Where to Invest in Your IT Infrastructure

After a period of relatively flat investment – due to political and economic uncertainty – more organizations are anticipating revenue growth. This has put them in the position of increasing their IT budgets and starting to spend again.

The primary drivers of growth will be digital business projects. National and global businesses are beginning to understand the inherent cost savings available when the entire business cycle – from customer engagement to product sourcing and manufacturing – is initiated and kept in the digital realm.

Let’s look at three trending investment opportunities: software as a service (SaaS), Intelligent Management Systems and Cybersecurity.

The SaaS Opportunity

Enterprise application software is poised to benefit from the newly found dollars, with much of that falling under the SaaS category. SaaS is becoming more popular and the growing availability of SaaS-based products is encouraging new adoption and spending in areas such as financial management systems, human capital management and analytics applications.

The inevitable progression from big data to analytics algorithms and machine learning to artificial intelligence will continue unabated. However, while organizations are eager to shift more of their technology spending toward innovative efforts and delivering greater returns, the complexity of digitization and limited technology budgets remain significant barriers for many.

This leads to opportunities for SaaS-based products, and the growing availability of these is proving that the market is substantial.

Intelligent Management Systems

The same trends are also pointing to opportunities for the proliferation of intelligent management systems.

While the industry may be getting closer to the day when cloud deployments will account for the majority of spending on IT infrastructure, many organizations will require that their assets, which maintain customer data, remain in-house.

Private cloud and traditional hardware-centric enterprise data centers are not going away, and the deployment of intelligent management systems provide reliable ROI. The ability of these systems to provide proactive network analysis and automated control provides a high degree of reliability and efficiency.

Today’s intelligent management systems are scalable and flexible enough – some are SaaS-based – to grow with your organization and adapt to shifting challenges. The increasing use of machine learning will yield tremendous benefits as it is truly a force multiplier – dramatically increasing the effectiveness of your CIO’s team.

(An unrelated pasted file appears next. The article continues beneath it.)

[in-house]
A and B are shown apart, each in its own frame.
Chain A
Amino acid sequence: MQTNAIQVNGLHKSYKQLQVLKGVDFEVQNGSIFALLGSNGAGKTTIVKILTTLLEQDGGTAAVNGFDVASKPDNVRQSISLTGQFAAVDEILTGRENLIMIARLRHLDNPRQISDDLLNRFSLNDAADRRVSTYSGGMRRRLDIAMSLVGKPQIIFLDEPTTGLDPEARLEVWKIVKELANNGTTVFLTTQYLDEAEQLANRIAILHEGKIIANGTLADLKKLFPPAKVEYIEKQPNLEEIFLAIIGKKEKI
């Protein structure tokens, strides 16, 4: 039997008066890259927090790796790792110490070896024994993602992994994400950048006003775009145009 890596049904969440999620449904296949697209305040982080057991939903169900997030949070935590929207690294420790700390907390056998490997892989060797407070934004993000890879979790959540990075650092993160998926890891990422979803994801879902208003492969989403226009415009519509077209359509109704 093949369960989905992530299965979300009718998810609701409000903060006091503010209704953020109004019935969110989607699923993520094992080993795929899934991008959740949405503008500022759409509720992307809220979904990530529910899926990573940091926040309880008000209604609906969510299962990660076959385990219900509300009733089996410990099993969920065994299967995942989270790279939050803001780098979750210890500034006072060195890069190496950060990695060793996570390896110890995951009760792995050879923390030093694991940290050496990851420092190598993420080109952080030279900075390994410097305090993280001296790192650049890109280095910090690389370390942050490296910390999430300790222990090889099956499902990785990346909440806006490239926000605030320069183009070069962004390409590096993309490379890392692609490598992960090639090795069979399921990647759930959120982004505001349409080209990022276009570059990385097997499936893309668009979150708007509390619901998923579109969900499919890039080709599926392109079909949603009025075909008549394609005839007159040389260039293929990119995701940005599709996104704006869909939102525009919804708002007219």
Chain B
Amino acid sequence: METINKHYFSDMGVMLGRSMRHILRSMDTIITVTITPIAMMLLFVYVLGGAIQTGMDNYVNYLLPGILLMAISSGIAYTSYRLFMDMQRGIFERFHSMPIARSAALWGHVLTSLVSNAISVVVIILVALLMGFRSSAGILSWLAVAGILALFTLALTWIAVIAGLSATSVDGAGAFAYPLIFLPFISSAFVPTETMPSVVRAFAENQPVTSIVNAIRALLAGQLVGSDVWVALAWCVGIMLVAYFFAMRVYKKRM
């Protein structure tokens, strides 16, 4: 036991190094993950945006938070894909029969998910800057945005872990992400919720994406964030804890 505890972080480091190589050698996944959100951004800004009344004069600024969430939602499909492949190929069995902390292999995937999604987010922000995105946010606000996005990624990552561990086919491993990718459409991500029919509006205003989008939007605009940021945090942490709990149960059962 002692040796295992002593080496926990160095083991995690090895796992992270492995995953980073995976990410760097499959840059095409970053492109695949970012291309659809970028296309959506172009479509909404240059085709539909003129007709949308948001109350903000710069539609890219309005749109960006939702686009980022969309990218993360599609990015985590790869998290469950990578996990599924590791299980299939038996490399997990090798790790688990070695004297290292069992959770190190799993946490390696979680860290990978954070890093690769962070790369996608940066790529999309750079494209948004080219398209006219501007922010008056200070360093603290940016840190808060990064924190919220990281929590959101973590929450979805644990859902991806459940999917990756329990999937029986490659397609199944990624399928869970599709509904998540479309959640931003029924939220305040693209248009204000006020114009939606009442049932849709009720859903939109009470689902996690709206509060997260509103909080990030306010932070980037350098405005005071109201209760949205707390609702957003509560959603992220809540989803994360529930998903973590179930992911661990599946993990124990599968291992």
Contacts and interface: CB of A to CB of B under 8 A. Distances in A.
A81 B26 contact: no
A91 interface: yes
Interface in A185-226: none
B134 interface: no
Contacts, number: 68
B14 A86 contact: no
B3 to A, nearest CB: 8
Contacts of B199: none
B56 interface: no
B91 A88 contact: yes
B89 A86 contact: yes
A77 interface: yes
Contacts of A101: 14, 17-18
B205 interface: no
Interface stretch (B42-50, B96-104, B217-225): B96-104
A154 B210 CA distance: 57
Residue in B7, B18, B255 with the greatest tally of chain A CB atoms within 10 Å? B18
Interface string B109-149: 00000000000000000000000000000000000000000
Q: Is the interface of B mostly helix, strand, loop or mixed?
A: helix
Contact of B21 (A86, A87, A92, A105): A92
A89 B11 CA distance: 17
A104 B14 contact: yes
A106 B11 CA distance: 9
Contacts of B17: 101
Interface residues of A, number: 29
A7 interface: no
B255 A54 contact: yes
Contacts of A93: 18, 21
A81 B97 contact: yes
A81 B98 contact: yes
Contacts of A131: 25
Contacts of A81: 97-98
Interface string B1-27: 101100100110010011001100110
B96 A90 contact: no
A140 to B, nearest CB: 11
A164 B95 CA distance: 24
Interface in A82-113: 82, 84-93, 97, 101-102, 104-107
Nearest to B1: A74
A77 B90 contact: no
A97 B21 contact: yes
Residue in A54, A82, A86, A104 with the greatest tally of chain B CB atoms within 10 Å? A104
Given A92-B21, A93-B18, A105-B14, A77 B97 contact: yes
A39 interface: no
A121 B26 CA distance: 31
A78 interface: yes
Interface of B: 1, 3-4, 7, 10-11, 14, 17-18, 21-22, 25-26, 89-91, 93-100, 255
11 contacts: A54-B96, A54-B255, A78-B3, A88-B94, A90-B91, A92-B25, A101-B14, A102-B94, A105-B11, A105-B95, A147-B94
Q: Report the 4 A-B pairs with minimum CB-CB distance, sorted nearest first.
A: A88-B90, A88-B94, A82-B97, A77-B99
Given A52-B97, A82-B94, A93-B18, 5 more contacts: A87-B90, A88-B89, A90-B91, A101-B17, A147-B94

Take a Look at Cybersecurity

Another area of spending that should be seriously considered is security.

Even though security exploits frequently consume the headlines of technology blogs and news outlets, CIOs still find it difficult to adequately fund cybersecurity initiatives.

But cybersecurity is like an insurance policy. In addition to obvious brand degradation, companies that are attacked frequently incur legal fees, hours of overtime remediating issues and difficulty making other deadlines. It’s a nightmare for any organization.

A successful cybersecurity program incorporates knowledge about threats and implements controls that reduce, if not mitigate, cyber risks to business. Reliable cybersecurity programs depend on a concerted effort by the entire organization to assimilate security activities into their business processes.

Unfortunately, building or maintaining a mature cybersecurity program also requires investing resources throughout the organization that support security initiatives.

With the inherit risk of an exploit so high – coupled with the numerous complexities of a cybersecurity program – you might think that organizations are adequately funding these initiatives. But that’s just not the case.

Cybersecurity is a commitment that is very hard to implement in many companies. That, combined with the necessity of ongoing training, system monitoring, analysis and other required resources make cybersecurity an expensive issue that many C-level managers try to avoid. This can only be viewed as shortsighted.

Ask the Right Questions

Overall, to determine where to best invest your dollars, you need to understand how new technologies work and where they are going in the future. You need to know how your organization – and your competitors’ organizations – might use them. Questions to ask include:

  • Is it relevant to my customers?
  • Is it going to make my decision-making better?
  • Is it going to move the revenue needle for my organization?

When you look at proposals for new technology initiatives, make sure that you understand what the full cost will be over the long haul. But more importantly, consider whether the technology is in alignment with your long-term strategy.

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